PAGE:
Kudos to Kuti | Lead Stories – Jamaica Gleaner

Standout student Kuti Ra Mahakoe has climbed another rung on the academic ladder, following his recent graduation from Claflin University in South Carolina where he was class valedictorian.
He was first featured by The Gleaner in 2011 when the then 12-year-old passed the Grade Six Achievement Test and six Caribbean Secondary Education Certificate (CSEC) subjects in one sitting.
Kuti Ra, who was homeschooled by his mother, Kamau Mahakoe, benefited from academic acceleration and began his high school journey at Jamaica College in third form.
He racked up a total of 17 Caribbean Secondary Education Certificate (CSEC) passes and went on to Hillel Academy for sixth form on a full scholarship.
The student, who holds a Bachelor of Science in biotechnology, admitted that the hardest part of being an international student was adjusting to the weather.
“Jamaica has no winter, whereas in South Carolina, over much of the school year the ambient temperature can get quite cold. I acclimated to that before too long,” he said.
He told The Gleaner that he chose biotechnology because it is the field which best allows him to combine his passion for the natural sciences with his desire to leverage the power of science.
“This field holds the solutions for many of the most intractable problems the world has yet to overcome; problems like food insecurity, disease, and malnutrition,” he explained.
Reflecting on his university tenure, he described it as uneventful on the academic front, as most of the disruptions came from the COVID-19 pandemic which presented a few unique difficulties for international students.
It became necessary for him to purchase expensive PCR tests and, with the closure of Jamaica’s ports, he was forced to stay in the US for longer than he had anticipated.
“Besides the effects of the pandemic, being an international student generally comes with stress and uncertainty. One recurring problem that most international students face is finding places to stay during periods when the school is closed and finding the funds needed for travel,” the graduate said.
Young Kuti Ra maintained a 4.0 grade point average (GPA) every semester which earned him eight academic semester excellence awards and he was also included on the President’s Honour List every semester.
He received the Claflin University International Alumni Association Scholarship in 2021 and was also awarded most outstanding student in leadership and service by The School of Natural Sciences and Mathematics at Claflin.
Kuti Ra’s studies were mainly funded by the Alice Carson Tisdale Honors College Scholarship and he received funding from the Claflin University International Alumni Association Scholarship for one year.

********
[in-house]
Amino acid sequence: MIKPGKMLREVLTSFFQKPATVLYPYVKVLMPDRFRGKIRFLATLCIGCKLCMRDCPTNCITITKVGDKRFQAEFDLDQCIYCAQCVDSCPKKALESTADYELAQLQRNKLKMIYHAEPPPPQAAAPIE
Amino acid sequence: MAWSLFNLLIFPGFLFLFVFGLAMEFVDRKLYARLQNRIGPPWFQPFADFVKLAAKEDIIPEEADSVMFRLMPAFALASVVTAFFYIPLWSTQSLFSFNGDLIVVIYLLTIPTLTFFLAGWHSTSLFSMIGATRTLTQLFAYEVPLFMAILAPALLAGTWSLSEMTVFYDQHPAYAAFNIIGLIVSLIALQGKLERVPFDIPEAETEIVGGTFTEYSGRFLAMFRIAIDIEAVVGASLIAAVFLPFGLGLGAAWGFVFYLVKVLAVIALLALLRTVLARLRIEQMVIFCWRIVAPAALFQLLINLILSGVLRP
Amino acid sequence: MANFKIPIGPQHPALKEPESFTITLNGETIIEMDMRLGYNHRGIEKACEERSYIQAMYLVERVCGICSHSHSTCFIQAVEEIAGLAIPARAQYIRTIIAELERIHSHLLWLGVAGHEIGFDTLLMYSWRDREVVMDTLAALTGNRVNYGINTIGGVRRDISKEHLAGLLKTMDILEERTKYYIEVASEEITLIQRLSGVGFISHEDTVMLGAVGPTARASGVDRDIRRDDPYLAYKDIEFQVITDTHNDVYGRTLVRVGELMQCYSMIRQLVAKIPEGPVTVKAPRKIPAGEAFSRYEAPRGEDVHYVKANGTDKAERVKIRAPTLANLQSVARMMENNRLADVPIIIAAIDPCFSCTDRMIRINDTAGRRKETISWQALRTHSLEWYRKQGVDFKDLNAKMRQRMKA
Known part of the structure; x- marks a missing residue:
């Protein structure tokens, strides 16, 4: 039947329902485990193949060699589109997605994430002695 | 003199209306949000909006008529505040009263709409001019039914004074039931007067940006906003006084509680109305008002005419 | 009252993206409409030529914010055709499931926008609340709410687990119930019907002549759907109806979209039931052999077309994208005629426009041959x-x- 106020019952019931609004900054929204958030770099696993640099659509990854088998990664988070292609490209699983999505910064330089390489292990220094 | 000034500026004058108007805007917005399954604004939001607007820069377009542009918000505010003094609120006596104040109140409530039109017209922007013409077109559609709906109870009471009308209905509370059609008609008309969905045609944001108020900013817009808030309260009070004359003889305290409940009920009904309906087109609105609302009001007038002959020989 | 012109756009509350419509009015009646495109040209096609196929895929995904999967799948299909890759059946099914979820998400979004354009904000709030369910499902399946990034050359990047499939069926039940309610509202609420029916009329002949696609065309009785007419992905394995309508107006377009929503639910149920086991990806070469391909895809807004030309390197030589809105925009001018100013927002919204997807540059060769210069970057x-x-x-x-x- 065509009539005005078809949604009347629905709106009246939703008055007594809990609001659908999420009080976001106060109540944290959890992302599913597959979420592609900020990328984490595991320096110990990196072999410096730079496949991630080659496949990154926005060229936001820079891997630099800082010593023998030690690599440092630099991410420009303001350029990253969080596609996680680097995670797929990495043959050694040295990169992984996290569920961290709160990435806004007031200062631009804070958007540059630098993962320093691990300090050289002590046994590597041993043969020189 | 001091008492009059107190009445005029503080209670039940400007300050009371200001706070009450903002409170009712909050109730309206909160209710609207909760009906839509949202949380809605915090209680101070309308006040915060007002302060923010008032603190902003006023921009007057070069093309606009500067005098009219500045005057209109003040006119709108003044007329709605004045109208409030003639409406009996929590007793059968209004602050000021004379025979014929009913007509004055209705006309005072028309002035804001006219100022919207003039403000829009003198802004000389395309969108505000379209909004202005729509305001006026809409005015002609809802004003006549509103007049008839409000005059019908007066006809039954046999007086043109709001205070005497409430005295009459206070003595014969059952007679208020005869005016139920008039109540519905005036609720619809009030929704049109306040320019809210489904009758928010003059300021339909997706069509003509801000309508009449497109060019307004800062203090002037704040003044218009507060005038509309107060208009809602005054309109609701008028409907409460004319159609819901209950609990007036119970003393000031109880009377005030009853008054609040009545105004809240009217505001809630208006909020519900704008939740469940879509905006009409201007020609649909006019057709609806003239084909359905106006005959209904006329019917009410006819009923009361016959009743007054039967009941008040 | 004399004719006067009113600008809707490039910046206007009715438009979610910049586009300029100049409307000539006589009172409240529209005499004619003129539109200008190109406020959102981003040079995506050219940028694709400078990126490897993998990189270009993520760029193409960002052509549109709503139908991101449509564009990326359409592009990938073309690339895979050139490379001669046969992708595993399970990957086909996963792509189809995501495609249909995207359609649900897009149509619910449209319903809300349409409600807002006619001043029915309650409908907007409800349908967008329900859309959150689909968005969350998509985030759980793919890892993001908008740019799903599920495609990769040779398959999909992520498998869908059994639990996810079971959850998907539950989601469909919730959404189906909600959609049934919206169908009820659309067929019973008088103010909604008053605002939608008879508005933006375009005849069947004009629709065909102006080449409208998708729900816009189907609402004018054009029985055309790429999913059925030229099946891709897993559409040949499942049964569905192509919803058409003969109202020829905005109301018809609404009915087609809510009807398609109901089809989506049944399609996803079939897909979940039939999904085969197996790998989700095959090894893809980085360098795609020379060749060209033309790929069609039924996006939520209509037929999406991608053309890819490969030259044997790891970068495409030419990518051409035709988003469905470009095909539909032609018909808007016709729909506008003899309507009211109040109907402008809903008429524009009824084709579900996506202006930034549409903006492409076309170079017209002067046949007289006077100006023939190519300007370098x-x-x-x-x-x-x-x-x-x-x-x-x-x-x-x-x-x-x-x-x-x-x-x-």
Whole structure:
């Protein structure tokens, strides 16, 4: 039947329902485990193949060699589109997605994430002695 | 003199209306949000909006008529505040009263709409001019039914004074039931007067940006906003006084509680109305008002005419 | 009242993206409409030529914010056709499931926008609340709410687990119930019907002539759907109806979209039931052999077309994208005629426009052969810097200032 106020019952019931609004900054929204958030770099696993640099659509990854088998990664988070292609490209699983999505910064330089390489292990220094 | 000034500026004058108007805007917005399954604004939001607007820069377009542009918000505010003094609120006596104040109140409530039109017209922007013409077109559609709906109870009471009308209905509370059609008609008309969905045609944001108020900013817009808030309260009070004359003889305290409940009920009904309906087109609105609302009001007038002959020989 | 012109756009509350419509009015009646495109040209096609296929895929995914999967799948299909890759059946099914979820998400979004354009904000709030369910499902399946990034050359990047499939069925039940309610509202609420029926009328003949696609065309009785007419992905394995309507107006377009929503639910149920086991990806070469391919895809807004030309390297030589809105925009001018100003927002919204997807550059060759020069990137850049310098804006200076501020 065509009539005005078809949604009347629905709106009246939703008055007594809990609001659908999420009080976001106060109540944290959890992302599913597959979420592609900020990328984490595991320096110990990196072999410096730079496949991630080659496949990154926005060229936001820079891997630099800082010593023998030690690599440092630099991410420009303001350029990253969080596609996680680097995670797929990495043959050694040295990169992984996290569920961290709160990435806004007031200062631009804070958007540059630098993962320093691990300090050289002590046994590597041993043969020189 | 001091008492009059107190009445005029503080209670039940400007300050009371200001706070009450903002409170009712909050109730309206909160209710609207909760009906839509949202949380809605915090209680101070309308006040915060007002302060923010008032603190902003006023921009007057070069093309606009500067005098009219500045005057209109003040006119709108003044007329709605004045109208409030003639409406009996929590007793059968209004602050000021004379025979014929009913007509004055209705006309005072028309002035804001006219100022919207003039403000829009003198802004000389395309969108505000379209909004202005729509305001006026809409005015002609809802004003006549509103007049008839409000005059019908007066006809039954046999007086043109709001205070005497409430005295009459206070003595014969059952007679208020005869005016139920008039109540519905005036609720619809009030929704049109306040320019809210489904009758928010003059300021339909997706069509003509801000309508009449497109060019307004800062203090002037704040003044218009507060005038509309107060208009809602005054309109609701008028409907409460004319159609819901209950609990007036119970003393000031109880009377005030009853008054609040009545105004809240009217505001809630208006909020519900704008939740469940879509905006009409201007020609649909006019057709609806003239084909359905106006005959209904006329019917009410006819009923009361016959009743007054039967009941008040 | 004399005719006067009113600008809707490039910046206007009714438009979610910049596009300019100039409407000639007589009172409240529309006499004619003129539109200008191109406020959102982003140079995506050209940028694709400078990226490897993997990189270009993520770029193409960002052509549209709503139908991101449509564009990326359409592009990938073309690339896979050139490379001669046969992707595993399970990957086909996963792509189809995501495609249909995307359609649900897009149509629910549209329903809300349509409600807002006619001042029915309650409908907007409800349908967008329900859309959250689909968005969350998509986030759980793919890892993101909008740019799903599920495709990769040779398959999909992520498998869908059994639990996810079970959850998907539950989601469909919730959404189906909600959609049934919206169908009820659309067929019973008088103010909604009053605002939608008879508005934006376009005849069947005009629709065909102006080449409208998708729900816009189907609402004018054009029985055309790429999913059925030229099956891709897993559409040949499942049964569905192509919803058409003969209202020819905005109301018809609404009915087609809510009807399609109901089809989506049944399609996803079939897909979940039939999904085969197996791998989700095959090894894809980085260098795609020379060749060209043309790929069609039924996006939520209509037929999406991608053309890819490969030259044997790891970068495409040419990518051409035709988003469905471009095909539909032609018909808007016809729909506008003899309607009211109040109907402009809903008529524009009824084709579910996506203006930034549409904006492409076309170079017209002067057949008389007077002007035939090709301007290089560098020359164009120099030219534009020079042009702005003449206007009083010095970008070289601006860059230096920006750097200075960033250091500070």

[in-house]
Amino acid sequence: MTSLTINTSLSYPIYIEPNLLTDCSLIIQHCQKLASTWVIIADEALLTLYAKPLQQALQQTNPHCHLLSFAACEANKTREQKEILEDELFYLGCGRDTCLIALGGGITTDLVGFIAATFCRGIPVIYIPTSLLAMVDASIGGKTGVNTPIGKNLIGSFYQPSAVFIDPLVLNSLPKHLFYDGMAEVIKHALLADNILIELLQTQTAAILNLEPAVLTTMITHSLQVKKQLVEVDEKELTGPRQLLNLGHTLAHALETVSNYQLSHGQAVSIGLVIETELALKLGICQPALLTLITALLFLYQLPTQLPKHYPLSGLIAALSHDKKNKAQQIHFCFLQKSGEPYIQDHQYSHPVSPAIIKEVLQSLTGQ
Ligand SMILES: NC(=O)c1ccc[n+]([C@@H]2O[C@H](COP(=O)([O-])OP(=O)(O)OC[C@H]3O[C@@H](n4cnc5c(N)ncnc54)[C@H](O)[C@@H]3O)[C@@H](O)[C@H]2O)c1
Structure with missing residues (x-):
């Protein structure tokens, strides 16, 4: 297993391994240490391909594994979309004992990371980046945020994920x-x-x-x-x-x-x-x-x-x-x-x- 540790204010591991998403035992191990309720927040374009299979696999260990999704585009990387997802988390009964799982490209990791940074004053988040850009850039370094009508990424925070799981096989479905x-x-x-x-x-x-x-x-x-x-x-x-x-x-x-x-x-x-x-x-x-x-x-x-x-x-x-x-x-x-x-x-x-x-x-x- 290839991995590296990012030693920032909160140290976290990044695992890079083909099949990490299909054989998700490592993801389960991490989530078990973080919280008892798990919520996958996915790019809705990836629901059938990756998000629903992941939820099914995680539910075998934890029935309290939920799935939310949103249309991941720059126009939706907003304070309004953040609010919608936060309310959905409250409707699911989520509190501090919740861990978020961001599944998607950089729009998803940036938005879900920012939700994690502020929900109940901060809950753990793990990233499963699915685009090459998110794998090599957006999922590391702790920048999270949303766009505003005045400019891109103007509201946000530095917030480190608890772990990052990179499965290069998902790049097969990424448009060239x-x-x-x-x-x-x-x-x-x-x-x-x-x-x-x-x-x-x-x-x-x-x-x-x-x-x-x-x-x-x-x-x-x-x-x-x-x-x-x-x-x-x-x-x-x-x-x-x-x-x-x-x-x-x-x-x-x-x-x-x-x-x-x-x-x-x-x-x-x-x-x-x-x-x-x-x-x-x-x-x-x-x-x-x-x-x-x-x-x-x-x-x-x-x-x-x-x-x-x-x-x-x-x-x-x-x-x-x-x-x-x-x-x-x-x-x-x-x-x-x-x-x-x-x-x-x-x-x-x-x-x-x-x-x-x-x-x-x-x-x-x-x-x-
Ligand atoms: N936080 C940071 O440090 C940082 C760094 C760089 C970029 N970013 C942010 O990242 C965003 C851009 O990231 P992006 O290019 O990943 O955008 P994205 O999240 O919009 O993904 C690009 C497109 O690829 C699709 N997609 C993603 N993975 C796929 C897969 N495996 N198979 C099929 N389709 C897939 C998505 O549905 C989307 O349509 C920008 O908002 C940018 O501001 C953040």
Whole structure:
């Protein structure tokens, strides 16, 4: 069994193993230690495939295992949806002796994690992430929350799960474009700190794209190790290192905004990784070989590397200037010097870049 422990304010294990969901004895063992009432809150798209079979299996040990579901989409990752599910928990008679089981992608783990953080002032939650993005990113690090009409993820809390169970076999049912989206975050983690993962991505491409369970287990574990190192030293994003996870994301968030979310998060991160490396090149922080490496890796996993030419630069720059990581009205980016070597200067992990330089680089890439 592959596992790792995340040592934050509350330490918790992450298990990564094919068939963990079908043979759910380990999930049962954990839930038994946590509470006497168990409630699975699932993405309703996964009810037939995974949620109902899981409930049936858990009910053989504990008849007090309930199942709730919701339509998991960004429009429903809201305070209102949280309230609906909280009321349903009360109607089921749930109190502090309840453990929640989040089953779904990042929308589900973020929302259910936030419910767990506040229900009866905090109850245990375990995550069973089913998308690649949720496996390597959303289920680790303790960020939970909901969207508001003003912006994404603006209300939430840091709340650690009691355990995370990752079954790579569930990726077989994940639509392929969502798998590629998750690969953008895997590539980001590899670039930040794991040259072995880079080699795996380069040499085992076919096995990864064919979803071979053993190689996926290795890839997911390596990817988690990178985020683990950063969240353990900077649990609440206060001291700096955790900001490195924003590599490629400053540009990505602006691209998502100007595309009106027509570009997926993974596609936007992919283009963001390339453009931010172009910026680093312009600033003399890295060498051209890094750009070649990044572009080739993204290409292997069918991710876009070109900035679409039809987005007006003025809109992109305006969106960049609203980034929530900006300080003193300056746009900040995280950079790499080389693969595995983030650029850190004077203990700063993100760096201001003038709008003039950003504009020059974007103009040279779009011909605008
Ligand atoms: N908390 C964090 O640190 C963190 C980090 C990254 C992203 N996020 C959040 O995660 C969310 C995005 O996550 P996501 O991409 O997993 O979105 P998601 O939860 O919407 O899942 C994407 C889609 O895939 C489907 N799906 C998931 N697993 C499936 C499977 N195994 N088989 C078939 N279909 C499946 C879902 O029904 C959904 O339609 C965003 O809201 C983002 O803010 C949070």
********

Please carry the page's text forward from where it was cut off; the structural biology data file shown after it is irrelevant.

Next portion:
The remainder of his expenses were covered by him and his parents.
Kuti Ra is Kamau’s second child and first son, who was born on her 24th birthday.
“I delivered him by myself in my bathroom and so he was my birthday present,” she recounted.
“Kuti graduated summa cum laude and he has remained focused and conscientious throughout the years. The academic rigour and acuity required to achieve this is exceptional and I am truly proud of my son,” she told The Gleaner.
Kamau shared that she and Kuti Ra’s father, Omari Ra, provided emotional and financial support to their son during his university tenure.
The mother referenced poet Haki Madhubuti, who said, “Be what you want your children to be”, as she explained that parents can help their children realise their academic goals.
“I am a firm believer in this policy. Parents should let their children see them reading, having deep and meaningful conversations and engaging in activities that enhance and progress them. Children will emulate what they see, not so much what they are told,” said the 48-year-old mother, who is the founder and principal of the Kemet Maasai Academy.
Kuti Ra balanced academics with involvement on campus as a member of the Tour Guide Association and the American Chemical Society.
He served as vice-president of the Claflin Global Student Organization for the 2021-2022 academic year.
During his university tenure, he had the opportunity to present his research at the SERMACS conference in Puerto Rico and in Greenville, South Carolina.
He explained that presentations are a very important part of a STEM major’s academic resume and the cost of the trips were covered by the university.
Mahakoe told The Gleaner that he was grateful to be selected as one of nine valedictorians.
“I didn’t expect that my class would have nine valedictorians, but I’m glad that the whole cohort was able to be recognised for their hard work,” he said.
Now, the 24-year-old will be pursuing a PhD in biosciences at Pennsylvania State University.
The PhD programme for which he has been accepted covers tuition and he will also receive a stipend.
The stellar student hopes to return to Jamaica after working in the United States for a few years.
“I want to develop genetically modified organisms that will contribute to food security and food sovereignty in the developing world. In Jamaica, for instance, this could mean bringing economically improved livestock strains to market here, though I feel that there is a lot of work to be done before GMO animals are readily embraced by the Jamaican public,” he detailed.
To Jamaican students who will begin university in September, he said, “Determination and planning are among the most important factors in success. As long as you don’t lose sight of your end goals and plan for those goals based upon realistic assessments of your unique situation, you will be able to make it through most challenges that you face. Making the journey through university in the states can be daunting, but where there is a will there is often a way.”
judana.murphy@gleanerjm.com
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